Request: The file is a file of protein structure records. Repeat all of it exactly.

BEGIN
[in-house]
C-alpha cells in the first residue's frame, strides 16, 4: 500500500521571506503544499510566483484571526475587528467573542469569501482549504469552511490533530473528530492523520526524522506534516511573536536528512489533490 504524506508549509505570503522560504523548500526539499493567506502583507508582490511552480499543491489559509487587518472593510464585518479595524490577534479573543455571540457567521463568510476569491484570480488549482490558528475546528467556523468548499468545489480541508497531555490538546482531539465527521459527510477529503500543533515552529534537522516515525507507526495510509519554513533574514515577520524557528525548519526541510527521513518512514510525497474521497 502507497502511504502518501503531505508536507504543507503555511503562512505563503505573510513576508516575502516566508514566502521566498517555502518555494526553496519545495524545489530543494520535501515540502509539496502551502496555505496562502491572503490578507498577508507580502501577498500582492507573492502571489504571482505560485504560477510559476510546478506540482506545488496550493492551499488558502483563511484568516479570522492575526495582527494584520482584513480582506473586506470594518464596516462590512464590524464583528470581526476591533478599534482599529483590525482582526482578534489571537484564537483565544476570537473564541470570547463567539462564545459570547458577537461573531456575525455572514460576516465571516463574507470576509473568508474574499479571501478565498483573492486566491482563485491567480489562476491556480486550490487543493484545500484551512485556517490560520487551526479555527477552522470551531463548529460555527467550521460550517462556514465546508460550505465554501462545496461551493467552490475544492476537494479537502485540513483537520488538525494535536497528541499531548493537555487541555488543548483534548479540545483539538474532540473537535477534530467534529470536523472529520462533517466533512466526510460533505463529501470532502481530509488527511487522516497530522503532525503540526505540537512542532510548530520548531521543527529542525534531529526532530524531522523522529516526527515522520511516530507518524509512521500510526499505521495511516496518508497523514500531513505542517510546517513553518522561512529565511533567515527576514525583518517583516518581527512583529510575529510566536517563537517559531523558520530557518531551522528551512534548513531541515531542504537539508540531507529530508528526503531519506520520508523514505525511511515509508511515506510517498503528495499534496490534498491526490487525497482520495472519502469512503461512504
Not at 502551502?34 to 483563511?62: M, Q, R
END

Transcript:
[in-house]
C-alpha cells in the first residue's frame, strides 16, 4: 500500500521571506503544499510566483484571526475587528467573542469569501482549504469552511490533530473528530492523520526524522506534516511573536536528512489533490 504524506508549509505570503522560504523548500526539499493567506502583507508582490511552480499543491489559509487587518472593510464585518479595524490577534479573543455571540457567521463568510476569491484570480488549482490558528475546528467556523468548499468545489480541508497531555490538546482531539465527521459527510477529503500543533515552529534537522516515525507507526495510509519554513533574514515577520524557528525548519526541510527521513518512514510525497474521497 502507497502511504502518501503531505508536507504543507503555511503562512505563503505573510513576508516575502516566508514566502521566498517555502518555494526553496519545495524545489530543494520535501515540502509539496502551502496555505496562502491572503490578507498577508507580502501577498500582492507573492502571489504571482505560485504560477510559476510546478506540482506545488496550493492551499488558502483563511484568516479570522492575526495582527494584520482584513480582506473586506470594518464596516462590512464590524464583528470581526476591533478599534482599529483590525482582526482578534489571537484564537483565544476570537473564541470570547463567539462564545459570547458577537461573531456575525455572514460576516465571516463574507470576509473568508474574499479571501478565498483573492486566491482563485491567480489562476491556480486550490487543493484545500484551512485556517490560520487551526479555527477552522470551531463548529460555527467550521460550517462556514465546508460550505465554501462545496461551493467552490475544492476537494479537502485540513483537520488538525494535536497528541499531548493537555487541555488543548483534548479540545483539538474532540473537535477534530467534529470536523472529520462533517466533512466526510460533505463529501470532502481530509488527511487522516497530522503532525503540526505540537512542532510548530520548531521543527529542525534531529526532530524531522523522529516526527515522520511516530507518524509512521500510526499505521495511516496518508497523514500531513505542517510546517513553518522561512529565511533567515527576514525583518517583516518581527512583529510575529510566536517563537517559531523558520530557518531551522528551512534548513531541515531542504537539508540531507529530508528526503531519506520520508523514505525511511515509508511515506510517498503528495499534496490534498491526490487525497482520495472519502469512503461512504
Not at 502551502?34 to 483563511?62: M, Q, R